In the UK, you are required by law to have at least third-party car insurance. Driving without insurance can result in hefty fines and points on your licence, or the police can even have your car seized.
There are a few scenarios where you might not require insurance for your car. However, these are very specific. To be safe, always make sure your car is insured. Plus, make sure you know what to do if you find yourself in an accident caused by an uninsured driver.
In this article, we will discuss what can happen to uninsured drivers if caught by the police. We will also tell you how you can get temporary car insurance to cover you in the short term.
Is it illegal to drive without insurance?
According to the UK Government, driving on a public road without car insurance is illegal. At the very least, you must have basic third-party insurance.
Third-party insurance is the bare minimum – it will cover you if you cause an accident plus any injury or damages to a third party.
You can get more extensive cover, such as insurance against theft and fire or fully comprehensive insurance, which will protect any damages to your vehicle.
There is only one exception – if you are driving on a private road with no public access, you do not require insurance.
What happens if I get caught driving without insurance?
In accordance with the Road Traffic Act 1930, third-party insurance is required whether you are driving on or parked on any public road.
The police have special licence plate recognition cameras (ANPR) that can check whether your car has been insured. Should these cameras spot that your car is not insured, you can be summoned to court, where you could get between 6 and 8 points on your licence or even an unlimited fine.
If the police pull you over, you have 7 days to provide documents proving you have up-to-date insurance, which was valid when you were stopped. It will not help if you get insurance after the police stop you.
If your insurance provider stopped your insurance without your knowledge, you must be able to prove this.
The police can seize the uninsured vehicle you were driving, even if it does not belong to you. In extreme cases, they may even destroy the car.
Fines for driving without insurance
There is no maximum fine for driving without insurance. The minimum penalties are:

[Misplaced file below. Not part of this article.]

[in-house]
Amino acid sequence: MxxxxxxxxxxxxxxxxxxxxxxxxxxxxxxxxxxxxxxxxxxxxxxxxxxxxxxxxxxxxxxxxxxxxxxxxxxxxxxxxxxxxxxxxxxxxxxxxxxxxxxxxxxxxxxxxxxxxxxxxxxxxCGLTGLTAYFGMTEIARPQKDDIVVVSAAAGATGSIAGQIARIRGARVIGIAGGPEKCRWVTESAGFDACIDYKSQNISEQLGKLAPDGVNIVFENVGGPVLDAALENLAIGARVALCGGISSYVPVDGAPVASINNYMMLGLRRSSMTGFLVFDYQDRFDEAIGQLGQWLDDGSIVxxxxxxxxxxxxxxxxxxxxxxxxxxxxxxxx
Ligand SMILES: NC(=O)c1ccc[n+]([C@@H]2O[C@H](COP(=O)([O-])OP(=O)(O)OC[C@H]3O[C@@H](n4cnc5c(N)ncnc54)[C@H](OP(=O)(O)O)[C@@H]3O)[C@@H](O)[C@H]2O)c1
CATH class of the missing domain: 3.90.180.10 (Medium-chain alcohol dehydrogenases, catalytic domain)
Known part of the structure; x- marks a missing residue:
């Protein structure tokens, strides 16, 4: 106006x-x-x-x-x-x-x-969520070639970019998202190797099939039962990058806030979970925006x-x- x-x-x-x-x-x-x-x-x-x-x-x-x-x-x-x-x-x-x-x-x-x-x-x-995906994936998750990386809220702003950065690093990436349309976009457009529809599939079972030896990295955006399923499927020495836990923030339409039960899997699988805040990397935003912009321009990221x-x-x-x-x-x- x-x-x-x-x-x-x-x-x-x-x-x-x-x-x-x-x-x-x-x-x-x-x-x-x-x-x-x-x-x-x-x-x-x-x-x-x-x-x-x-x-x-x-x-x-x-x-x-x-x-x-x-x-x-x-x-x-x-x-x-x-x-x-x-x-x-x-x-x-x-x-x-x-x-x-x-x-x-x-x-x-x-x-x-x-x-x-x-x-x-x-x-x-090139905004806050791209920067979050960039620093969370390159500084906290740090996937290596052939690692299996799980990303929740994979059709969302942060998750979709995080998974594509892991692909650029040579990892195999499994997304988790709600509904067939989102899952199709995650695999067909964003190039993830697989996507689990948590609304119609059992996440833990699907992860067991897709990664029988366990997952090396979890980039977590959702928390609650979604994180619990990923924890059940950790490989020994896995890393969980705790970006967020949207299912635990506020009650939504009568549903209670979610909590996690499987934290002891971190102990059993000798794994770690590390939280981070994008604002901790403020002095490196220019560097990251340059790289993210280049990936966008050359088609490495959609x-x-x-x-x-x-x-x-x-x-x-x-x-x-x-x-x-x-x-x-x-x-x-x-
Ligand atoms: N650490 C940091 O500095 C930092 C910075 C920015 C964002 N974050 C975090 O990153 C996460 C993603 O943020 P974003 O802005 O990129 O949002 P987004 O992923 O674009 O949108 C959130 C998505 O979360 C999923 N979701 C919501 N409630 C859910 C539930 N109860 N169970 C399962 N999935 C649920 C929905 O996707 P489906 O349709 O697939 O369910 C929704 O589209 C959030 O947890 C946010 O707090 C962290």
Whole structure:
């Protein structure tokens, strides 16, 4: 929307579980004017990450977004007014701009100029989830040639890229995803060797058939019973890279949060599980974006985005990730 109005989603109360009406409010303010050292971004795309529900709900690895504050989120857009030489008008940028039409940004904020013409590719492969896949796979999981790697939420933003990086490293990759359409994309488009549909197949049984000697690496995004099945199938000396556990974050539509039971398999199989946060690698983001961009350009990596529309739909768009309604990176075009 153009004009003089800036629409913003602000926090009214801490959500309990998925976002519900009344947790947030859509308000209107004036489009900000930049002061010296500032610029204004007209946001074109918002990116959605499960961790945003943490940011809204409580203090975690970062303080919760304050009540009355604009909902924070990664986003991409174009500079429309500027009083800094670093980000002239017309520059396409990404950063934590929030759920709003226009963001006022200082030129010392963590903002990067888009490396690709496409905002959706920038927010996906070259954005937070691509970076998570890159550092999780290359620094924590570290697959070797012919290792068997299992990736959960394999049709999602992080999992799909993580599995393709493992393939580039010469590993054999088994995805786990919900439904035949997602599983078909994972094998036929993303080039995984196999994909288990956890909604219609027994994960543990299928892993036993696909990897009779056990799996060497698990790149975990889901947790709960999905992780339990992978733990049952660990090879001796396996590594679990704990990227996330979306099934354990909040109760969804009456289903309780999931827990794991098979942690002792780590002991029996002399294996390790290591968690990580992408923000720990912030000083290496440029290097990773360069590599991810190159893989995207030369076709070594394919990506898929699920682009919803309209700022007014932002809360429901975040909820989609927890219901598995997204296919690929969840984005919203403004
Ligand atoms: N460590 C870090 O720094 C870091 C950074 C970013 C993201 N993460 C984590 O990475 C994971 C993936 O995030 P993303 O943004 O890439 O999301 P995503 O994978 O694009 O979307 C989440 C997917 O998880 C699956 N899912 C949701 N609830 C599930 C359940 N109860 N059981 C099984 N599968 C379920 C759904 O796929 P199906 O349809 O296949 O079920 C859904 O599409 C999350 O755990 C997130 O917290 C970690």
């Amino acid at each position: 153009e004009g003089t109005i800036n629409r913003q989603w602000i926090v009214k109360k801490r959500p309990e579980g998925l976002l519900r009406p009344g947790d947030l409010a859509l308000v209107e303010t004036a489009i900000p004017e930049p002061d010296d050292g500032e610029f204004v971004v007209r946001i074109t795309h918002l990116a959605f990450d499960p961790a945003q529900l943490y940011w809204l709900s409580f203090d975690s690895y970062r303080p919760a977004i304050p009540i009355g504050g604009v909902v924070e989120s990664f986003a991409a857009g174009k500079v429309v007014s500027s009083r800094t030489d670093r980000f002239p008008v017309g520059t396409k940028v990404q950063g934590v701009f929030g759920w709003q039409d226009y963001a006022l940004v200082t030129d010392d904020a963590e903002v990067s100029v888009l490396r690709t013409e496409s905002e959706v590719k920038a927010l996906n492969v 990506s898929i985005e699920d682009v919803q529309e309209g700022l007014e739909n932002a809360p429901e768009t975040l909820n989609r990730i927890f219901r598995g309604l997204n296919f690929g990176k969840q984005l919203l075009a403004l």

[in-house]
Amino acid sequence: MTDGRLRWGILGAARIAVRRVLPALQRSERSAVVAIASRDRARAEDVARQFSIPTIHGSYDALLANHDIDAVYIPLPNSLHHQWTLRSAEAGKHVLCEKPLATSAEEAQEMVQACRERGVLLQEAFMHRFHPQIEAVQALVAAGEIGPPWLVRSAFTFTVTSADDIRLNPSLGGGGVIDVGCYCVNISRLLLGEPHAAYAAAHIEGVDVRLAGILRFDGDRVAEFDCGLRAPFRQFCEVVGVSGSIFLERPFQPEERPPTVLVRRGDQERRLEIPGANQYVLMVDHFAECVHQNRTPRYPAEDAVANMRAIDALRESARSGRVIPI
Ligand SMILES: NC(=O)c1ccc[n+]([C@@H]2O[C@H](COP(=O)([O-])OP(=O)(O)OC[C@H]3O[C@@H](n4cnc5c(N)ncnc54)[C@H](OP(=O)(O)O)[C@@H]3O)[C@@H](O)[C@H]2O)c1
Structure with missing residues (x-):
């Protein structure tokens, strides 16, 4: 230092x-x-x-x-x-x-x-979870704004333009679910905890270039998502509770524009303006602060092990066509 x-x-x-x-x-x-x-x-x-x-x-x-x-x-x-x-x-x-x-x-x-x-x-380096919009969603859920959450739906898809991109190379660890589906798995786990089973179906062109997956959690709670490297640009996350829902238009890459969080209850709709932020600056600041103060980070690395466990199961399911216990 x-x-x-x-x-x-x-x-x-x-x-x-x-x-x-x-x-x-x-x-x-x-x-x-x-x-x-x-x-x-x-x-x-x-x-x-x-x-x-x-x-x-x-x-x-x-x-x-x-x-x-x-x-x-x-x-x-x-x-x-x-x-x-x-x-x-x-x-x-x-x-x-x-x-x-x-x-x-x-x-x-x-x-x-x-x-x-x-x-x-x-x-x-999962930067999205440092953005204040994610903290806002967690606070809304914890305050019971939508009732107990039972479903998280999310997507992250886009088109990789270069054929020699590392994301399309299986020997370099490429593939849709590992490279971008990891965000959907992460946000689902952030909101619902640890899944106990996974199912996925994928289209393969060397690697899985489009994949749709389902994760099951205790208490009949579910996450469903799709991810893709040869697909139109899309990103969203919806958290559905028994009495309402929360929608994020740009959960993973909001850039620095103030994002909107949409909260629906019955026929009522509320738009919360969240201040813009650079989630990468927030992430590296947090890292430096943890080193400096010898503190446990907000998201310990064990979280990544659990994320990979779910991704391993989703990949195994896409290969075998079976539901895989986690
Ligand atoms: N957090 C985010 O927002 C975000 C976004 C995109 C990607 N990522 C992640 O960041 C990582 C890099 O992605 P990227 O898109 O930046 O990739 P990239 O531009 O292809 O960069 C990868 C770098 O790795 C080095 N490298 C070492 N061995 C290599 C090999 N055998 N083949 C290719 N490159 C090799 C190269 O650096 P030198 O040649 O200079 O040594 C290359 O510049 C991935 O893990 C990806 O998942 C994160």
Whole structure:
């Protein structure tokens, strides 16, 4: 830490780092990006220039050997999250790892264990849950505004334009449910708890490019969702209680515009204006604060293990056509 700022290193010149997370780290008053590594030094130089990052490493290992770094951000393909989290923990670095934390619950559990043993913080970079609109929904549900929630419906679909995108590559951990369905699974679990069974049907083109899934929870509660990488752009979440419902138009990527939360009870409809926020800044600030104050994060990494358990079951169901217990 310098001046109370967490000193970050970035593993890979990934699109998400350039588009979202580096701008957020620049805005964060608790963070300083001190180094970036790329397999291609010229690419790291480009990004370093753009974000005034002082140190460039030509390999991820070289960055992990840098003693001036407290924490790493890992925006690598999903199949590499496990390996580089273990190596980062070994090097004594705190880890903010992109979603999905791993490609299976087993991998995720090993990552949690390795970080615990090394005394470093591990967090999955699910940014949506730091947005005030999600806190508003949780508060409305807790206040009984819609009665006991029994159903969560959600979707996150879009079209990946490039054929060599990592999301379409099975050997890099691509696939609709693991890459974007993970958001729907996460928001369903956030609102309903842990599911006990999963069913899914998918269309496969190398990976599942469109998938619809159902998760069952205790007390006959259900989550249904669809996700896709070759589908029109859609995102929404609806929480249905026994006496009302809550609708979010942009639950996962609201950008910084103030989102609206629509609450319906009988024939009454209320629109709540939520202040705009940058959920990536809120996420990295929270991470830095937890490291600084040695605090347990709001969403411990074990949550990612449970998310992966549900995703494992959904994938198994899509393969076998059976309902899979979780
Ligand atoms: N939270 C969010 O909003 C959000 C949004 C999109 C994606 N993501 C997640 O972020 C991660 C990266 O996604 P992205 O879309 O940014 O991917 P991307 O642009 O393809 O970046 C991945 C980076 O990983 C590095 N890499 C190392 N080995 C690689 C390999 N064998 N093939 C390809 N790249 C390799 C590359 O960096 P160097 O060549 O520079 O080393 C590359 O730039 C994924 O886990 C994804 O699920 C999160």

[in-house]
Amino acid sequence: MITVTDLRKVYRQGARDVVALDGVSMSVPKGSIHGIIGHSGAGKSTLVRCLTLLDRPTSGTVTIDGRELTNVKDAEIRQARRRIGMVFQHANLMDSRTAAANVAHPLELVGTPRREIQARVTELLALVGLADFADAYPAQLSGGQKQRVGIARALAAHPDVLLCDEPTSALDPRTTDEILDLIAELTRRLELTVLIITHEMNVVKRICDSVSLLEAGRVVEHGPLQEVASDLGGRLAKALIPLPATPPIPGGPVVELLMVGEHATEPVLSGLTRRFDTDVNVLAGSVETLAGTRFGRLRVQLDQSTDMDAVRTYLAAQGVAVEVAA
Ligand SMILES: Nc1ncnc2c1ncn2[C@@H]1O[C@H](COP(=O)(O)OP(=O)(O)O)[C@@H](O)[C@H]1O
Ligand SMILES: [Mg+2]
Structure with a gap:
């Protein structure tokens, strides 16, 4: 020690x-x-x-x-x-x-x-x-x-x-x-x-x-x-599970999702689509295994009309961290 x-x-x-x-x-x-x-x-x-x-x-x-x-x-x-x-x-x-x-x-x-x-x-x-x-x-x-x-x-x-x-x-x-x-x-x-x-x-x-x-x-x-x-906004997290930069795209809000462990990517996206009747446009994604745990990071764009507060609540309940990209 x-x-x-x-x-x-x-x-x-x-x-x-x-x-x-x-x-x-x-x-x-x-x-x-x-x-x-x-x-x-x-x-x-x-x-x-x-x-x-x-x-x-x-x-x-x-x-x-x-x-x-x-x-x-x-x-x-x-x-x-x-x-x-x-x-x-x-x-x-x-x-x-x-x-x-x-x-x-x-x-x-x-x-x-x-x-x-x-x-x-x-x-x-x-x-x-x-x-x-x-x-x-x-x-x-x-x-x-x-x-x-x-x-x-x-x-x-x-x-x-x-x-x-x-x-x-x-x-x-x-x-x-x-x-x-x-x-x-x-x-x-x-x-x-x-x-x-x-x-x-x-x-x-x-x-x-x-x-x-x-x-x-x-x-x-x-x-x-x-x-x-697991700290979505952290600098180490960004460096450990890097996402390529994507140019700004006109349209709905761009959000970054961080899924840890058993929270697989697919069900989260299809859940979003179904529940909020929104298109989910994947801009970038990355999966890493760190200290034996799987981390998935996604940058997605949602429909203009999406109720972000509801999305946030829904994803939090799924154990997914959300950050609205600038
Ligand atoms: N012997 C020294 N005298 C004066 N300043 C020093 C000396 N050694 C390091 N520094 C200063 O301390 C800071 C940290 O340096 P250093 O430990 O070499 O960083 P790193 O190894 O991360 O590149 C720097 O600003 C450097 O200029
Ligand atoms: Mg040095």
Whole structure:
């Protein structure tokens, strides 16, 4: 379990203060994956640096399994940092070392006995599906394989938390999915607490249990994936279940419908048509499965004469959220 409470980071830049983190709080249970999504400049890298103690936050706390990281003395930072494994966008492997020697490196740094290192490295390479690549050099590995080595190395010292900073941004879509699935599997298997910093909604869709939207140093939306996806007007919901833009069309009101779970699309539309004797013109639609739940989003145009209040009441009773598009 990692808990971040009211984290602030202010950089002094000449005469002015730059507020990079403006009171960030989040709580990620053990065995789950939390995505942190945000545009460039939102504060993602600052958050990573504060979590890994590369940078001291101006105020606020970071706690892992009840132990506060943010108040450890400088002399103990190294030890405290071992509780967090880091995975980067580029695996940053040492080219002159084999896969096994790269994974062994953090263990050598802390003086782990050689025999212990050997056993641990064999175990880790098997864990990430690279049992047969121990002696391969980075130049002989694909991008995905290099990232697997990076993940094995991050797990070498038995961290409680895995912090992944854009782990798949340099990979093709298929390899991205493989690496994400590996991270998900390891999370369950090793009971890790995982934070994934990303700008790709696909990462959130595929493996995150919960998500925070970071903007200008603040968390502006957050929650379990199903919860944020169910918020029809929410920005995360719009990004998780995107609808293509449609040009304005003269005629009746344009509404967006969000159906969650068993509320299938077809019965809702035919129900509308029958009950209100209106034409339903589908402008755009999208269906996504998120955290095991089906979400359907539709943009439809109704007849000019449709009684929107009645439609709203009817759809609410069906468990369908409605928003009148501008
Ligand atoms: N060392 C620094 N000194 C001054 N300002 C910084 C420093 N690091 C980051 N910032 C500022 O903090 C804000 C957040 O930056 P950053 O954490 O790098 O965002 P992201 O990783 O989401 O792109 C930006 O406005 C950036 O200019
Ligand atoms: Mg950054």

- A fine of £300
- A minimum of 6 penalty points on your licence.
If a case is serious, it may have to be handled in court. Serious cases include when a driver is driving without a valid licence, has provided false identification or insurance details, or was driving a high-risk vehicle.
The court can issue an unlimited fine or disqualify you from driving. In these cases, the police may seize the vehicle and possibly destroy it.
You may also face some additional consequences from driving without insurance, such as higher car insurance premiums in the future, and any costs from an accident may be out of pocket.
Will I get a criminal record?
Driving without insurance won’t appear on a criminal record. You also won’t be sent to prison for the offence.
That being said, if you are caught driving without insurance, you will get an IN10 endorsement which remains on your licence for 4 years. You may also receive points on your license, a fine or even a driving ban.
If you do get insurance in the future, you will have to disclose this information to your insurance providers.
Reasons for legally driving without insurance
Certain scenarios allow you to legally drive or own an uninsured vehicle. Here are 4 situations where you could own a car that is not insured.
1) Statutory off-road notification
Statutory Off Road Notification (SORN) happens when you declare to the Driver and Vehicle Licensing Agency (DVLA) that your car is being taken off public roads.
You can notify the DVLA through an online form, the post or by giving them a call.
Once your car has been declared SORN, you can keep it in your garage or driveway or drive it on private land. However, it will no longer be allowed to drive or be parked on public roads. Should you wish to use the SORN vehicle again in the future, you will have to reinsure your car.
Keep in mind that you may still want to insure your SORN vehicle in case of theft or fire, even though you are not legally required to do so.
2) Cars that have been written off, sold, stolen or exported
If your vehicle has been scrapped, written off, stolen, sold or exported, you are obligated to notify your insurance provider and have them cancel your insurance cover.
You may be eligible to receive a refund on your insurance premiums should this be the case.
Also, make sure to notify the DVLA of the change of circumstances, or you can face a fine of up to £1,000
3) Your car is at the dealership
If you are leasing a car or financing a vehicle and still waiting for the car to be delivered, you do not have to insure the car until you receive it.
You can contact your insurance company ahead of time to schedule the insurance cover to commence on the delivery date. This will allow you ample time to find cover that fits your needs before you receive your car.
If you have to collect your car from the dealership and do not have insurance, you can get hourly car insurance to drive your car home.
4) Only driving on private land